Wednesday, April 1, 2020

The Last Unicorn (Peter S. Beagle)

The Last Unicorn
Peter S. Beagle
Fiction, Fantasy
****+ (Good/Great)

DESCRIPTION: Alone in her lilac wood, immune to the passage of time, the unicorn did not know she was the last of her kind until she overheard a pair of hunters. She sets out into the world and discovers a land changed and lessened and utterly devoid of unicorns: most humans no longer even see her as anything but a white mare. Then she hears rumors of a great Red Bull that chased them away, beyond the castle of the cruel King Haggard. With the hapless magician Schmedrick and the girl Molly Grue, the unicorn seeks the truth of those tales... a truth that may doom her.

REVIEW: Like most children in the 1980's, particularly those with unicorn-loving siblings, I saw the Rankin-Bass animated movie based on this book (which Beagle helped write), but I hadn't read the book itself until now. Would I have enjoyed it as a kid? Knowing me, I doubt it; I was an impatient reader (and more of a dragon person, as I remain now; tangentially, Rankin-Bass also gets some credit/blame for that, in the form of The Flight of Dragons, but I digress.) As an adult, though, I can recognize what Beagle was doing. He was crafting a self-aware fable, a fairy tale that knows it's a fairy tale, unconcerned with solid edges and settings and more about impression and emotion and metaphor, a painting where the shapes may be abstract but the colors are bold and evocative and undeniably emotional, and all the more memorable as a result. Beagle distills the essence of the classical unicorn: not the pony with the cutie mark, not the dewy-eyed horned horse on the bedroom poster, but the embodiment of both purity and unspoiled wilderness, simultaneously terrifying and majestic, a step removed from the mortal world... at least, until forced into it by her quest. The journey leaves a lasting mark on her immortal soul, as it leaves an indelible mark on the people she meets and the lands she crosses and the world itself. Much about the story deliberately defies direct description and solid foundation, dreamlike and nighmarish by turns, steeped in symbolism and metaphor made flesh. The characters could be irritating at times, particularly Schmedrick, the story could dither, and there's more than a dash of sexism (again, in keeping with the archetypes Beagle was deliberately emulating and examining), but the often-poetic descriptions carry it, and story ultimately comes together as more than the sum of its parts, a compelling classic that may have aged around the edges, but still endures, and will linger in my memory long after I read it.

You Might Also Enjoy:
A Glory of Unicorns (Bruce Coville, editor) - My Review
Stardust (Neil Gaiman) - My Review
The Last Unicorn (The Enchanted Edition)- Amazon DVD link

Tuesday, March 31, 2020

March Site Update

I just posted the March update for the main Brightdreamer Books site, archiving and cross-linking the month's reviews.


Monday, March 30, 2020

Revenger (Alastair Reynolds)

The Revenger series, Book 1
Alastair Reynolds
Fiction, YA? Sci-Fi
**+ (Bad/Okay)

DESCRIPTION: It started as a youthful lark - or, at least, it did to Fura Ness. Her older sister, Adrana, wanted to sneak away from yet another boring party... off to Neural Alley and its forbidden shopfronts of fortune tellers and limb brokers and other unsavory aspects from across the Congregation of artificial worlds. As usual, Fura just trailed in her wake, getting a little thrill for defying their overprotective father, but fully expecting to be home for breakfast. Then Adrana reveals that she's fleeing to the sunjammer spaceship Monetta's Mourn as a Bone Caster, plugging into a neural link with the network of alien skulls that are far more reliable (if full of more tricks) than the standard squawk communicators, and she's sure Fura will have the talent for bonecasting too. It's just supposed to be for six months, enough to find a few prize baubles (ancient artificial worlds full of hidden loot from extinct aliens and previous Occupations) and rebuild the Ness family finances after Father's recent fumbles, and it's got to be more interesting than sitting around practicing needlework.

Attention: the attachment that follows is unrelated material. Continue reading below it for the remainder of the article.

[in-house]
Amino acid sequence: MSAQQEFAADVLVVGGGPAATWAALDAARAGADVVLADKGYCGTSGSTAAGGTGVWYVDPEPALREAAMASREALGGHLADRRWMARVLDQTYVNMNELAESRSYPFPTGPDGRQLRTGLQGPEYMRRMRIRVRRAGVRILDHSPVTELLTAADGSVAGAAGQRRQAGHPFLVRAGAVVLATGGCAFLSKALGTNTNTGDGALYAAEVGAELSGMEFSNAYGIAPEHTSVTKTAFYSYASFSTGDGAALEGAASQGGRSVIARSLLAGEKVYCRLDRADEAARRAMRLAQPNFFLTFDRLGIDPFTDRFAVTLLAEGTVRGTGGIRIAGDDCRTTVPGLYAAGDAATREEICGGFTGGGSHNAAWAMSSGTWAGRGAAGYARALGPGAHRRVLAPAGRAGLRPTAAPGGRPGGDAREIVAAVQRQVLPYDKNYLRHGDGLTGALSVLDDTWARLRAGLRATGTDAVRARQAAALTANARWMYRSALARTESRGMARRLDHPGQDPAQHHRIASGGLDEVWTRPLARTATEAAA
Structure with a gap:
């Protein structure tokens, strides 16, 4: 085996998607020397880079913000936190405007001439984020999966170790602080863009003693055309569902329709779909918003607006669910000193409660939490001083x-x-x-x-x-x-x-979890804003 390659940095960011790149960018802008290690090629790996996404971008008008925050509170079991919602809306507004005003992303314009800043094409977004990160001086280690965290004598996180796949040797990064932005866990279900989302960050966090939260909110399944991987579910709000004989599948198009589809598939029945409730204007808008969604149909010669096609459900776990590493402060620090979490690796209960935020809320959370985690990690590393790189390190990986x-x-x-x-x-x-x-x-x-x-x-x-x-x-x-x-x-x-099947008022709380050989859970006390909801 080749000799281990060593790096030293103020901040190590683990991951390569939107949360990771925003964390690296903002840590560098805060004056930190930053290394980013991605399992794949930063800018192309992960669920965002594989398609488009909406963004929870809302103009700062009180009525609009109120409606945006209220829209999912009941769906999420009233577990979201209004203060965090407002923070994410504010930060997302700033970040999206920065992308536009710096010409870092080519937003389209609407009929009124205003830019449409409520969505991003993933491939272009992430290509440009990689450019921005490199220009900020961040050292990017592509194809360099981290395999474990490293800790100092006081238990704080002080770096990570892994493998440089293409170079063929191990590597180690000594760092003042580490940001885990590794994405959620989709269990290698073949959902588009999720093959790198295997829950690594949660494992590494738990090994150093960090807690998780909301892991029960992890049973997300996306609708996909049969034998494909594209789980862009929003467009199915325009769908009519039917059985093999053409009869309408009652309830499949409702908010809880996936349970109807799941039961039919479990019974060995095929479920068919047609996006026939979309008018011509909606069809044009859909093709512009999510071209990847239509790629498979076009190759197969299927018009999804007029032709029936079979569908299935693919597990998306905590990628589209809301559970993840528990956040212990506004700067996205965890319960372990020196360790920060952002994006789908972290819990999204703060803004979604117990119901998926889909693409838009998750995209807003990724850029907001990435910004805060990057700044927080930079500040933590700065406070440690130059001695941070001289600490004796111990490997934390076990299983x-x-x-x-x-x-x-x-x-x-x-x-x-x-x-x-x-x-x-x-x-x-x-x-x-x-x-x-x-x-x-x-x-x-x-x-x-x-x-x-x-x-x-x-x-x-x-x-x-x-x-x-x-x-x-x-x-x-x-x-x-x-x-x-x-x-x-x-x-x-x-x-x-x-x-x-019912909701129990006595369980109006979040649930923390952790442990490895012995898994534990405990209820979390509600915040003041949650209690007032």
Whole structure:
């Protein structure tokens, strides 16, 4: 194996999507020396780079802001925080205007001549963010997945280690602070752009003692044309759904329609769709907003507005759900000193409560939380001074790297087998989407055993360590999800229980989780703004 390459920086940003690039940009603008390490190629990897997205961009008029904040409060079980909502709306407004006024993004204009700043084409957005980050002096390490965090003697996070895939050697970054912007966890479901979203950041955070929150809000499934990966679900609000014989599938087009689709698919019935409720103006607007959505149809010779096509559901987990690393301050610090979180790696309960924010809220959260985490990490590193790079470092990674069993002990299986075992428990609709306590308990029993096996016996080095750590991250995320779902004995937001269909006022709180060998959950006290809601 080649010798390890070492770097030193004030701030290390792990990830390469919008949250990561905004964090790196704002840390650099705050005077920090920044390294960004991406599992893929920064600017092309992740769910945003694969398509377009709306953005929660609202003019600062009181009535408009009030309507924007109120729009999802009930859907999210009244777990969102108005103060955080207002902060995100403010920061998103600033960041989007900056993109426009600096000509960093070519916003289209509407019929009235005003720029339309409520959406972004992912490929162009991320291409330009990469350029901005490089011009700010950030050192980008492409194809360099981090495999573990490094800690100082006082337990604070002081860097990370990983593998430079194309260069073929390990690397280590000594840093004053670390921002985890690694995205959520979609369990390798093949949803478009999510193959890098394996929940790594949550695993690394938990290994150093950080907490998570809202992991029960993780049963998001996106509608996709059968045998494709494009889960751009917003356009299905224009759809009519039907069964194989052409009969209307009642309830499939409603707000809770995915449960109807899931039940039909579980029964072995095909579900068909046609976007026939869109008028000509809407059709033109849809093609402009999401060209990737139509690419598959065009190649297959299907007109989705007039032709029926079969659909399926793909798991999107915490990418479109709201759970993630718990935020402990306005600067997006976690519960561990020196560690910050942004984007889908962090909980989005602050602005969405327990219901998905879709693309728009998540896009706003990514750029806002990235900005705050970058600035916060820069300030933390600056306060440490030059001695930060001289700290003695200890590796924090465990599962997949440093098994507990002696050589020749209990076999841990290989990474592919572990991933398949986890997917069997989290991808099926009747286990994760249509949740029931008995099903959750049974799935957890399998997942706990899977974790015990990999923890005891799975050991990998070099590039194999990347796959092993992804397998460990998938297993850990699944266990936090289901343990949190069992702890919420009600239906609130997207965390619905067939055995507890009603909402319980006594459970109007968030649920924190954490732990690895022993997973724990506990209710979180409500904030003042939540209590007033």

Then the Monetta's Mourn runs afoul of the legendary pirate Bosa Senna, who is even more brutal than her reputation. What was a simple bid for adventure and fortune turns deadly serious in a heartbeat.
Alone, left for dead on a derelict, the quiet, bookish Fura must step up to the challenge of surviving, recovering her abducted sister... and exacting revenge.

REVIEW: I was expecting, based on the cover and descriptions, a swashbuckling space adventure in the vein of several recent borderline-fantasy space operas, where larger than life piracy and quests for impossible wonders are transposed into a far-future star system crawling with tech that's more like magic than science in many respects. At times, Revenger delivers that. Unfortunately, it does so through the eyes of a character who starts (and, to a degree, stays) a strangely empty hole. Fura is initially just a tagalong, not just in body but in spirit. She drifts in bold Adrana's wake, and despite some token resistance to running away and some hints of internal thoughts I never got a sense of her as more than a plot-shaped void, especially early on. It was an odd feeling that made her transformation from dutiful daughter to revenge-driven space hunter largely unbelievable, though the compressed timespan of the story doesn't help; I simply could not buy her going from a sheltered girl not knowing a prow from a stern to full-on cold-blooded pirate stalker spitting (very annoying) space slang every other word in a span of months.
Perhaps because of this inability to connect with Fura, the world - crawling with smeerps such as "squawks" that are essentially radios and "flickerboxes" that are basically screens or monitors and "lungstuff" that's just breathable air, juxtaposed with plot-convenient oddities such as "lightvine" (a source of illumination that also provides part of a subplot that doesn't quite pay off) and the various fantastic loot found in baubles - just never gelled for me. There were just too many internal inconsistencies and anachronisms, and I was always too aware that this was a swashbuckling pirate story pushed out the airlock into the void, with only vague lip service to a lack of gravity and other issues. I also got a strange vibe off some of the peripheral characters, particularly the Ness father and the family doctor who were weirdly (creepily) obsessed with infantalizing the girls. Most of the rest of the characters were just vague smears with names.